Volunteering to help others can have diverse benefits both for us as individuals and for those we volunteer with. It can increase people's confidence, boost wellbeing and help strengthen the fabric of society. There is increasing recognition of this from policy makers too. Take for example, the Government's pledge to offer up to three days' paid volunteering in companies employing over 250 staff - a move which could provide new opportunities to around 15 million staff.
Measures to increase voluntary activity throughout society are to be welcomed. But when focusing on new strategies, we shouldn't forget one key area of volunteering that is often overlooked: that carried out by residents in their communities, with their neighbours, friends and community groups. Many of us are likely to have volunteered our time and skills in this way.
This kind of volunteering has a major impact on increasing social capital, building networks of relationships among people and helping communities to function more effectively. It can also have a hugely positive impact on tackling poverty and inequality.
Lots of communities rely heavily on the support of residents and local volunteers to create local employment opportunities and boost the local economy - from offering community transport schemes to running local markets or supporting jobs clubs.
For many communities however, there can be challenges in helping residents become involved with voluntary activity, especially where people may feel unable to make their voice heard about changes that are most needed locally. In 2014, we published research finding that communities most affected by public spending cuts and welfare reform are more likely to find continued community engagement a greater challenge.
We believe that providing more opportunities for residents to have a say in decision-making is one of the most effective ways of addressing this issue. There are many communities where people may feel unable to make their voices heard and, last week, we published new survey findings showing that residents want a stronger voice.
Over three quarters of us think residents are best placed to know what is needed in their community and two thirds of us are willing to volunteer by helping our neighbours and community, if given the opportunity to do so. The research also highlights incentives for increasing engagement, with three in five of us wanting the opportunity to help decide how funding is spent.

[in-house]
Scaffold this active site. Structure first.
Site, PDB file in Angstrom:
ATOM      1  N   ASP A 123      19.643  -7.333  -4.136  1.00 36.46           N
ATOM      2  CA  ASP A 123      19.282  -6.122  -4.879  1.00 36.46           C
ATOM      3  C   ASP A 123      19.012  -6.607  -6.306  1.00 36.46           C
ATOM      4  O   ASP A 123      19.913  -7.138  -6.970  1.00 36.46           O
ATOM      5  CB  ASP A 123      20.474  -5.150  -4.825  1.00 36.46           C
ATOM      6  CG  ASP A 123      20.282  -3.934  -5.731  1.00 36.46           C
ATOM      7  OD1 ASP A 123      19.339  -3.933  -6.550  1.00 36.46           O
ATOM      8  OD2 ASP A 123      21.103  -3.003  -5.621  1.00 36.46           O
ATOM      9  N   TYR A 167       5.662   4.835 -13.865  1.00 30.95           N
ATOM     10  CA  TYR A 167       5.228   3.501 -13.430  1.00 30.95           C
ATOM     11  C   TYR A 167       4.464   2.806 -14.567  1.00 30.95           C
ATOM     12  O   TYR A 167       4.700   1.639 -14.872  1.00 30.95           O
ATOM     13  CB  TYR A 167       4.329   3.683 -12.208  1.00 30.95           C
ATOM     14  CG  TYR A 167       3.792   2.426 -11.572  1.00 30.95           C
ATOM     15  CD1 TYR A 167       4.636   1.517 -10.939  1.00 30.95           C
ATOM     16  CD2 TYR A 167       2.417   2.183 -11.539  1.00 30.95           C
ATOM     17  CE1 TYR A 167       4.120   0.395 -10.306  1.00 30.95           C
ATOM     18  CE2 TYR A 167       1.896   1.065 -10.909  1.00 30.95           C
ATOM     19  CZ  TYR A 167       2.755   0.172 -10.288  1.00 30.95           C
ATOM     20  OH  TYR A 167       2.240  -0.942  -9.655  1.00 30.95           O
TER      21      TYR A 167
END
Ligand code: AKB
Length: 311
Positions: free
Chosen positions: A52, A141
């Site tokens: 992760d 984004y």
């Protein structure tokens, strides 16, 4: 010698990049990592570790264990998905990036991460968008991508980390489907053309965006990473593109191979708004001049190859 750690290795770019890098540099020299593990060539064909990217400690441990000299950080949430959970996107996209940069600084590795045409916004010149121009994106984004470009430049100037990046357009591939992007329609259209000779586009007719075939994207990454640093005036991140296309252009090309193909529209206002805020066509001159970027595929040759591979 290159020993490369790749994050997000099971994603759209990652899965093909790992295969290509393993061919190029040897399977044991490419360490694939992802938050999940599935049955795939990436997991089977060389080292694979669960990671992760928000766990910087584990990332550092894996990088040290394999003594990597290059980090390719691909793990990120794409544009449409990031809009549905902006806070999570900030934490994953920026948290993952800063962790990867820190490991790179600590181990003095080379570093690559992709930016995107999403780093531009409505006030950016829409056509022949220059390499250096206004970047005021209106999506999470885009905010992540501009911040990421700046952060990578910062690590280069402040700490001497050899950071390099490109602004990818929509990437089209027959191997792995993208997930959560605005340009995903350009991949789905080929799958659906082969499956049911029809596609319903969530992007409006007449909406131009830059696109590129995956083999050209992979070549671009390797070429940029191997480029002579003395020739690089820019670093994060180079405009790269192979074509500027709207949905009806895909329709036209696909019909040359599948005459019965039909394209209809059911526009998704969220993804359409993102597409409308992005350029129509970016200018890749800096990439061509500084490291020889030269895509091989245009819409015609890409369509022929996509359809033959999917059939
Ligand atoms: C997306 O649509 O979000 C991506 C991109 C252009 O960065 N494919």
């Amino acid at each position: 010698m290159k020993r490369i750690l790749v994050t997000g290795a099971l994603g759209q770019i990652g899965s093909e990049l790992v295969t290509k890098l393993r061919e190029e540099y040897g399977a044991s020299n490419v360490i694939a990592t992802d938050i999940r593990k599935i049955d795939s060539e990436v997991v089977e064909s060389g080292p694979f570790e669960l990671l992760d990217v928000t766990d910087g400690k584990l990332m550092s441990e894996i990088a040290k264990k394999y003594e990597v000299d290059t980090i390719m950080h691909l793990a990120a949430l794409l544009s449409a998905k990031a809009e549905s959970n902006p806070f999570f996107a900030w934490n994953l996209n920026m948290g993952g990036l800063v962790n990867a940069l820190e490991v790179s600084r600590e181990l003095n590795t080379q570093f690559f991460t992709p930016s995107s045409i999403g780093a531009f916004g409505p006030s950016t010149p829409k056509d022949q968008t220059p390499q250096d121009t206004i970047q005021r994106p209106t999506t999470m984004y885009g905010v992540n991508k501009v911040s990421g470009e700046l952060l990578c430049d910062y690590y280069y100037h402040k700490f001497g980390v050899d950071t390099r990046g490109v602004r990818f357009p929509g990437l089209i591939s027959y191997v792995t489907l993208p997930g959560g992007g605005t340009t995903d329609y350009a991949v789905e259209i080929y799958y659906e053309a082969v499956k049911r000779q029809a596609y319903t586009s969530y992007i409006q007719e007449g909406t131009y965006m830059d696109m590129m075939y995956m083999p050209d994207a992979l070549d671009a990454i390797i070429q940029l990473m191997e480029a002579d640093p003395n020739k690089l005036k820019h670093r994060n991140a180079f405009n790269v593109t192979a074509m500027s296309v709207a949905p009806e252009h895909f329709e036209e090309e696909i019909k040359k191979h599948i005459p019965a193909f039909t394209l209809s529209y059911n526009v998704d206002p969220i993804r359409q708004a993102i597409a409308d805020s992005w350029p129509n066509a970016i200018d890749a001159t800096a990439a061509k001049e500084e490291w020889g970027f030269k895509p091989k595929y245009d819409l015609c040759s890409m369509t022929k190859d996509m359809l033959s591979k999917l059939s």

The findings show the potential for creating more opportunities to harness the skills and enthusiasm of residents to help transform their communities. Devolving power to local government and encouraging them to work with and provide greater independence to local areas is an important step.
This doesn't mean relinquishing support - it means giving residents more opportunities to take on responsibility in a way that they are comfortable with, making contributions in a number of different ways whilst not over-burdening them.
Local Trust has seen the benefits of this approach through its resident-led Big Local programme, which is happening in 150 communities across England over 15 years. It provides residents in each community with at least £1m and a range of other support and funding to enable them to make their own decisions to create positive changes in their local area.
We work in communities that have been overlooked for central funding and support in the past, and so far we have seen residents report a real sense of ownership from being involved; they have reported feeling more part of their local community and more positive about their areas through having opportunities to learn new skills and make a difference.
It's clear that we can do much more to engage and empower residents and local volunteers to take control of leading change in their communities and we will be working closely with local government, funders and service providers to realise the benefits of this collaborative approach, helping communities become stronger and more effective in the long term.